Jim, I only have experience with the alcohol-filled holding plate of our Isotherm system...and it isn''t their large plate, either. So I can''t offer a first-hand comparison with e.g. Technautics plates which, as I understand it, use a glycol solution. Having said that, a friend rebuilt his Westsail icebox (perhaps that will give you a feel for dimensions and shape) with >4" closed cell foam on all sides and then installed a Technautics system. The system worked well but he was consuming 65-70 amp/hrs/day, sometimes more, so this was certainly no silver bullet re: efficiency. I would gauge his dimensions to be 50% larger than our approx. 5 cu ft box (which was the one drawing the 30-35 amp/hrs/day). These measurements were all taken with a Link 2000R (both boats) and in Bahamas/Florida spring/summer weather with water temps around 80F.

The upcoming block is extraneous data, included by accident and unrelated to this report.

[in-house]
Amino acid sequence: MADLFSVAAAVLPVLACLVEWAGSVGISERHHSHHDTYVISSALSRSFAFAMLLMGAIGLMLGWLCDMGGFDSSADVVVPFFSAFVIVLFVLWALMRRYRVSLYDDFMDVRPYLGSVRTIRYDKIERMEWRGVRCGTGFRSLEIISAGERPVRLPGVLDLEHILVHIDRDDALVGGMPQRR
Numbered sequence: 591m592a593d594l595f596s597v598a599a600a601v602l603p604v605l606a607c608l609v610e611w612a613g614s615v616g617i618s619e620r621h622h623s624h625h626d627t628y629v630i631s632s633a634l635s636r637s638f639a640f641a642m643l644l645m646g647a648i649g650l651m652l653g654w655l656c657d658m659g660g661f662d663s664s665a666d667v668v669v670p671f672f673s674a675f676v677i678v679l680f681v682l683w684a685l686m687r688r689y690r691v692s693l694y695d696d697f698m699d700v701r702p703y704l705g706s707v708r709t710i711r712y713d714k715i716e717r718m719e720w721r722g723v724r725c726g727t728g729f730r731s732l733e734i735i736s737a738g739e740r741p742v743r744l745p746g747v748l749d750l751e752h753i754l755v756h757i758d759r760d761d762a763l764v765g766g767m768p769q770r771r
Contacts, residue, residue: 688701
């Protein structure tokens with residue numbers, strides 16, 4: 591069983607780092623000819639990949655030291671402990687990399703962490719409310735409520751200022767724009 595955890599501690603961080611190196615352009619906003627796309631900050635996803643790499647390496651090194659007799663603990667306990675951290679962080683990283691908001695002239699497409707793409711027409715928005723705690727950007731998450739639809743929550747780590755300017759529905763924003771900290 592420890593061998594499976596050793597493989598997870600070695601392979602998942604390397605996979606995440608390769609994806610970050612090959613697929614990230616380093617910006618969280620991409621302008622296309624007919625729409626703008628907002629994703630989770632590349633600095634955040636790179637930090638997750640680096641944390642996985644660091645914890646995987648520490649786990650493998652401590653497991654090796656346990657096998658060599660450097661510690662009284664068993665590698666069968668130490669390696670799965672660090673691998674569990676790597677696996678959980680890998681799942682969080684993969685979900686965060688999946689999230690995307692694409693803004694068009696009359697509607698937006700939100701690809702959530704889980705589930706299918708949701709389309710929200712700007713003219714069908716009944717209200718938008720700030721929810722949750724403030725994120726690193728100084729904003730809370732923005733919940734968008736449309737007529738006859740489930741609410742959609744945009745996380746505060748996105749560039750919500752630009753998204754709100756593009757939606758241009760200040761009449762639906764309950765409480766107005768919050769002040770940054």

Re: what you can expect from a freezer, my impression is that it depends a lot on how clever you are, as well as how big the box and the freezer section, of course. When I installed the Isotherm, I riveted up an aluminum box not quite as deep (top to bottom) as the holding plate, and a bit narrower. I riveted on a bracket which hung over the top of the plate and slipped down its back side. This left the metal freezer box fitting next to (and touching) the plate, so lots of transfer. That''s worked great and no one has bigger/clearer icecubes...but in reality, I now realize I''m not using the coldest part of the box and would, at the least, build the freezer box all the way down the plate to the bottom of the larger box - that''s where the cold air hides!<g>
Our little freezer box has two vertical aluminum ice cube trays and some minor food items in it; it''s capacity is probably 5 or 6 of those ice cube trays. Not very big...